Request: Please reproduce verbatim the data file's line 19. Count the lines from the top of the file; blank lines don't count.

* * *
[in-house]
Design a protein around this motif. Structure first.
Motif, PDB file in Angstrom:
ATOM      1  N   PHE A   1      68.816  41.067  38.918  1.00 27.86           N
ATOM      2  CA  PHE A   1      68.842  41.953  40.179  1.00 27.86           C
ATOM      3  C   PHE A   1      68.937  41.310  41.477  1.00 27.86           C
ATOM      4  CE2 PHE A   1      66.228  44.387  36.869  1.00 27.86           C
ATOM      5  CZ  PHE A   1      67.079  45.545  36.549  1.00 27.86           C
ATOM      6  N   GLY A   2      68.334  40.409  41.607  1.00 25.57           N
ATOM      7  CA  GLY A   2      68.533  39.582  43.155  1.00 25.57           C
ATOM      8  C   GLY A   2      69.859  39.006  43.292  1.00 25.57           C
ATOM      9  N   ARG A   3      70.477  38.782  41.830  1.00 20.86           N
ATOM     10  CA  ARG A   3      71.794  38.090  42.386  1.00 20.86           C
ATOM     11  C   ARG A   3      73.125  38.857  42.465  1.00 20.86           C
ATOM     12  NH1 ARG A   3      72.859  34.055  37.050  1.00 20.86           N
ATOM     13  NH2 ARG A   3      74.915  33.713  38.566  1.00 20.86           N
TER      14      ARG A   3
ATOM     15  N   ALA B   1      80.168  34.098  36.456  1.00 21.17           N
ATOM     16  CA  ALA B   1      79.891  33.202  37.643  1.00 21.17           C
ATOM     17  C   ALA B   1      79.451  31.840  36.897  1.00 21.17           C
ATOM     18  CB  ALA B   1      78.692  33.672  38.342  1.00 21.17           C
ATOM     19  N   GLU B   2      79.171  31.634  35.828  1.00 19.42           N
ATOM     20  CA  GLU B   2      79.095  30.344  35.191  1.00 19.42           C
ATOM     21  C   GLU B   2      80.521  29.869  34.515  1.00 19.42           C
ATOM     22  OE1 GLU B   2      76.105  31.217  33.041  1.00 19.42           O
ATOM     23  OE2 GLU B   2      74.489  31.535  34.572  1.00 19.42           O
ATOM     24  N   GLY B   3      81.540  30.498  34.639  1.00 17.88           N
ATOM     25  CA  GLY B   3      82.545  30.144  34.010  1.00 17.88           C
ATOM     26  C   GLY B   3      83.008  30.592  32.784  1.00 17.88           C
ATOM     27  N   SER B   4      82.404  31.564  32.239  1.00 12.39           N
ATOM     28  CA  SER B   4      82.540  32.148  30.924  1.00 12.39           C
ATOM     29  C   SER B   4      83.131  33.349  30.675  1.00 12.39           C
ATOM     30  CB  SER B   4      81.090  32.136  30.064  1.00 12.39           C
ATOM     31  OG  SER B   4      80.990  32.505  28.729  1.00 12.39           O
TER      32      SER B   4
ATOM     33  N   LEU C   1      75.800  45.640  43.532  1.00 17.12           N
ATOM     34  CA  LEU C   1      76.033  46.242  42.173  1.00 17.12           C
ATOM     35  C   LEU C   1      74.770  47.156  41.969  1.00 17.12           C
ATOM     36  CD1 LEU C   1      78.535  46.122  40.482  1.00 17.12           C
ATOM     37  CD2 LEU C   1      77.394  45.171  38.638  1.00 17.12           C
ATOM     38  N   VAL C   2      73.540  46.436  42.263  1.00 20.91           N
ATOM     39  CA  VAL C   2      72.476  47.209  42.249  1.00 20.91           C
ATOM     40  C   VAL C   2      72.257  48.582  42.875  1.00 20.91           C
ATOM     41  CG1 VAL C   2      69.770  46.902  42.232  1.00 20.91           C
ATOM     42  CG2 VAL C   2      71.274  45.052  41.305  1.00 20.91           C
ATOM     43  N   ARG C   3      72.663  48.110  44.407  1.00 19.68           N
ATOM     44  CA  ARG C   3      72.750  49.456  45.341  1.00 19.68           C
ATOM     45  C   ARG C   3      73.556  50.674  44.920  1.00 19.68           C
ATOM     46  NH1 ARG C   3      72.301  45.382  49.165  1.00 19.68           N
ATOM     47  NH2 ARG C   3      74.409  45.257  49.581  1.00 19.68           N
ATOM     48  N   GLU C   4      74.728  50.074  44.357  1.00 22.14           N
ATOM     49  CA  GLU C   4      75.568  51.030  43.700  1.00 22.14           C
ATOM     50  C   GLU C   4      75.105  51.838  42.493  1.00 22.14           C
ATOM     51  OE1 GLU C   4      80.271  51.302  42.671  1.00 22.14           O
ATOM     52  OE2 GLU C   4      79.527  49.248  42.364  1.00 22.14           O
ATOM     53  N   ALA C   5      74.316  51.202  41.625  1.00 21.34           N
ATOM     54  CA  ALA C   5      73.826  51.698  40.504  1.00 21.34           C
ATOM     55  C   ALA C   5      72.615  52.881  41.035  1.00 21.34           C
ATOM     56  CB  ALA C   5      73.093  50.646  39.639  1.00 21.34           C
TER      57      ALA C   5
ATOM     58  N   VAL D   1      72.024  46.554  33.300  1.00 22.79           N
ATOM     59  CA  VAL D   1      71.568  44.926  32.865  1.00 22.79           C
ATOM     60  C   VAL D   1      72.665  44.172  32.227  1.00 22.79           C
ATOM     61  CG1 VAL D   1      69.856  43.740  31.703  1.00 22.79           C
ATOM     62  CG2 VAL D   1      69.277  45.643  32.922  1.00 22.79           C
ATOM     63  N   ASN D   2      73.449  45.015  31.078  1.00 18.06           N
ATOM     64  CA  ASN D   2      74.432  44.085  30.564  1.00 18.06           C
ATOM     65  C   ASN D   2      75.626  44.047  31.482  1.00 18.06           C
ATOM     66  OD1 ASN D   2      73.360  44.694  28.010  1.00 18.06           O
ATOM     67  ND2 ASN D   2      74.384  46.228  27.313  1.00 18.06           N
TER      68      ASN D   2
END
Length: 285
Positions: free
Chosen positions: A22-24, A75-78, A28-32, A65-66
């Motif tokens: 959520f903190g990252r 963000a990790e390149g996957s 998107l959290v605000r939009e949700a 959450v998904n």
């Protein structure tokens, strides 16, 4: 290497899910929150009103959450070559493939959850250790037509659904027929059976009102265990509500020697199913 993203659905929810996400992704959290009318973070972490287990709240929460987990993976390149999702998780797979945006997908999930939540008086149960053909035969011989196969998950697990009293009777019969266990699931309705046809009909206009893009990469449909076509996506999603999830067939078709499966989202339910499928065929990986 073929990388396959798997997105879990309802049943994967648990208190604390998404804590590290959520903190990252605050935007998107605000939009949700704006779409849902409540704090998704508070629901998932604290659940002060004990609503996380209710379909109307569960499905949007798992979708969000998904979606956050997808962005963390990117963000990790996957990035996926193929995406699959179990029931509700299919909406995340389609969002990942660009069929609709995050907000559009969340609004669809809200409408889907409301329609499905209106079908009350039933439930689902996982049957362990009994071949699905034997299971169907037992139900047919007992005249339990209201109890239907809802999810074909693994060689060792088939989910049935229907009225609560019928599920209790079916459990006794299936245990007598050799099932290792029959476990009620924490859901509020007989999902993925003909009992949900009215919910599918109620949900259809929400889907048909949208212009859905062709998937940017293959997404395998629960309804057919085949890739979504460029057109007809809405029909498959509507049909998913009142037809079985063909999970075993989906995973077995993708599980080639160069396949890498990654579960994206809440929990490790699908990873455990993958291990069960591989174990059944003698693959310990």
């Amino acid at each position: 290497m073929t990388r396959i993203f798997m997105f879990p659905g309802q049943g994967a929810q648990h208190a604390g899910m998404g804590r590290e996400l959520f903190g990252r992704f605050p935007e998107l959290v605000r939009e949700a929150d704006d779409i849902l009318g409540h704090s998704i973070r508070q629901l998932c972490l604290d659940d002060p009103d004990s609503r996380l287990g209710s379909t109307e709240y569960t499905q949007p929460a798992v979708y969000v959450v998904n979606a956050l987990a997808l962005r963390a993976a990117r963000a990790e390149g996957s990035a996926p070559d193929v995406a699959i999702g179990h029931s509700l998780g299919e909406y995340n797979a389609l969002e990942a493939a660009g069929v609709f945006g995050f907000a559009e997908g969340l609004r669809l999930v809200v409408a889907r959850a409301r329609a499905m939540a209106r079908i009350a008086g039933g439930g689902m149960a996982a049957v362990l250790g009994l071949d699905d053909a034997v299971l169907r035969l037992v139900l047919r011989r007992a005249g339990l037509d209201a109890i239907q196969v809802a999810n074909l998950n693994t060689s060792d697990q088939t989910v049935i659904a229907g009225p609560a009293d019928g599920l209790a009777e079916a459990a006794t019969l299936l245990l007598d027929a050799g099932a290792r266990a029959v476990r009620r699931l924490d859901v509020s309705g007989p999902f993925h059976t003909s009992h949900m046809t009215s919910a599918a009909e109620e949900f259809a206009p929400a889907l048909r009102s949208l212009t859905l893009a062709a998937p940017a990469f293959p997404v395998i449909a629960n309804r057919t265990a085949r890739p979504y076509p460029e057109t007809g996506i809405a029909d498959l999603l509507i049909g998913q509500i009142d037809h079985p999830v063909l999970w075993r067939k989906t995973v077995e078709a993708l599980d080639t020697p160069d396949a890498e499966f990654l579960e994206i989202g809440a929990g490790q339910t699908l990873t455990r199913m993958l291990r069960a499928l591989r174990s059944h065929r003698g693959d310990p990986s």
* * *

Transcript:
ATOM     16  CA  ALA B   1      79.891  33.202  37.643  1.00 21.17           C